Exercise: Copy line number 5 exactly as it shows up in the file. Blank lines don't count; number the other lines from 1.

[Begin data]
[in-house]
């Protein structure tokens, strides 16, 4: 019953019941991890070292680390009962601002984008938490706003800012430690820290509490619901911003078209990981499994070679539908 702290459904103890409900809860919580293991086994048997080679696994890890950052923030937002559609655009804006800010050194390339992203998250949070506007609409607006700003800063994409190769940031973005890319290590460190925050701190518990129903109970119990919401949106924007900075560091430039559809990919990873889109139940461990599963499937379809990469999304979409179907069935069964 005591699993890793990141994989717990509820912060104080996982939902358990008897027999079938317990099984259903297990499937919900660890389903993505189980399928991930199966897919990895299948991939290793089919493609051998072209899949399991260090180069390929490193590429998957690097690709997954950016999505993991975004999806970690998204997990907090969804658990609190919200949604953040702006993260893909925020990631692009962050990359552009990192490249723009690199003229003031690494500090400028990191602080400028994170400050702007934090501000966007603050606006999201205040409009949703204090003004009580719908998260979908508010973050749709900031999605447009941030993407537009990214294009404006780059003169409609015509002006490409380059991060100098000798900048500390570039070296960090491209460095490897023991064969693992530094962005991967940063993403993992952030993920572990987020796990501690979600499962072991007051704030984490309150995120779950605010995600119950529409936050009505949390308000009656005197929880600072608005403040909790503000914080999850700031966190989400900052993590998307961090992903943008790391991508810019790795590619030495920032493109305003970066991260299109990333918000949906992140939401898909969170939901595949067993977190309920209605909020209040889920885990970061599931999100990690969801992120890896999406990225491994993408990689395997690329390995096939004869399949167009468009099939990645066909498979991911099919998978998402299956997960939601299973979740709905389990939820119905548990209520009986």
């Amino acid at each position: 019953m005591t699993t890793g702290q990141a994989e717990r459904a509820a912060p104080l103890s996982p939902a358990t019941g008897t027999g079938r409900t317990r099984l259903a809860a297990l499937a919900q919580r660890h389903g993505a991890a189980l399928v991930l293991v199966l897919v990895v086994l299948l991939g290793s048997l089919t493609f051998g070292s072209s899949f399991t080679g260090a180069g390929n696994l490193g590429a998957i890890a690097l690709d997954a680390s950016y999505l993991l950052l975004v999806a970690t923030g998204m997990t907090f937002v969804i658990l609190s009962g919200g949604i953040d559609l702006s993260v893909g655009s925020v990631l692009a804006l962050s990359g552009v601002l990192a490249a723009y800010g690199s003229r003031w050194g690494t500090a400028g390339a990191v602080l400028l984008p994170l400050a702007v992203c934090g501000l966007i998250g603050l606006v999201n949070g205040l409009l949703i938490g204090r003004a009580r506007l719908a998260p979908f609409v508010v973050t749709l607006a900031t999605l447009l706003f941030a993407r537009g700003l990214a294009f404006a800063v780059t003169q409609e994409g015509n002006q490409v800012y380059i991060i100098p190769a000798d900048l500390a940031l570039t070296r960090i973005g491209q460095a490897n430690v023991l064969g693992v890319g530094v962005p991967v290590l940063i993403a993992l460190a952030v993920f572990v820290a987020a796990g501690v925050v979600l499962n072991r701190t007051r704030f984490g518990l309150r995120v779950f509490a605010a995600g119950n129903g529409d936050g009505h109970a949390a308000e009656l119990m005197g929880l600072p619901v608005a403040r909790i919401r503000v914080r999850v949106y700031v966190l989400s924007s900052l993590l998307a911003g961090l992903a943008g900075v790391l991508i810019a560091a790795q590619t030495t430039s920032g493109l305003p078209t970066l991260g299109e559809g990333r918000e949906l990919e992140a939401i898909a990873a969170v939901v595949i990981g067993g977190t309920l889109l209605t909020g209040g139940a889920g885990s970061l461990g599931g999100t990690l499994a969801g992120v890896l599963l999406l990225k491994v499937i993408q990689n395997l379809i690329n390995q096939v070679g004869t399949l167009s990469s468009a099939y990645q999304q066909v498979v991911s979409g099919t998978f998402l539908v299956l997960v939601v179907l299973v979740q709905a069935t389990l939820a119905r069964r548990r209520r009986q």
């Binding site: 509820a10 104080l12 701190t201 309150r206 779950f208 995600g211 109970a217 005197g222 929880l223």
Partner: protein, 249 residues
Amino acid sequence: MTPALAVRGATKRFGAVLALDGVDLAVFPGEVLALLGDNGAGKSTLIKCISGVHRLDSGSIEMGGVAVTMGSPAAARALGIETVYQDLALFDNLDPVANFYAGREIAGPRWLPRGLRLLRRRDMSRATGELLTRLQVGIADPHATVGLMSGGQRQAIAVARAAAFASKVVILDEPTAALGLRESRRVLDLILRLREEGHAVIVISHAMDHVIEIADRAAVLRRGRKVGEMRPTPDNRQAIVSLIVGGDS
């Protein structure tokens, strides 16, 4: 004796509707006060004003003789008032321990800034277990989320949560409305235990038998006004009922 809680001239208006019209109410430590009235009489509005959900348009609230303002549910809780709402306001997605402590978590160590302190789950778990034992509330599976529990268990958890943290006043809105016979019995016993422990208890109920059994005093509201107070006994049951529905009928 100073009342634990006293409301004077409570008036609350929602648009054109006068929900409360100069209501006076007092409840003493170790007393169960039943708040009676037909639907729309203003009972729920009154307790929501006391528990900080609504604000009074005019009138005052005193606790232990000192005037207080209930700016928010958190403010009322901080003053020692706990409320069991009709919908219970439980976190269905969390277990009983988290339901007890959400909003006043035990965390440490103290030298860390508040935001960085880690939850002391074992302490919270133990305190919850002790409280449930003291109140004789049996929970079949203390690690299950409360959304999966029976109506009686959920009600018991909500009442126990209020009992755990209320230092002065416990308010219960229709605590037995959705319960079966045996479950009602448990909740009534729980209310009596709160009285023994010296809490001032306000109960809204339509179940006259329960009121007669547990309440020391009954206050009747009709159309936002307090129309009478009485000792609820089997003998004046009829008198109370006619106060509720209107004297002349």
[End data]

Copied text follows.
Partner: protein, 249 residues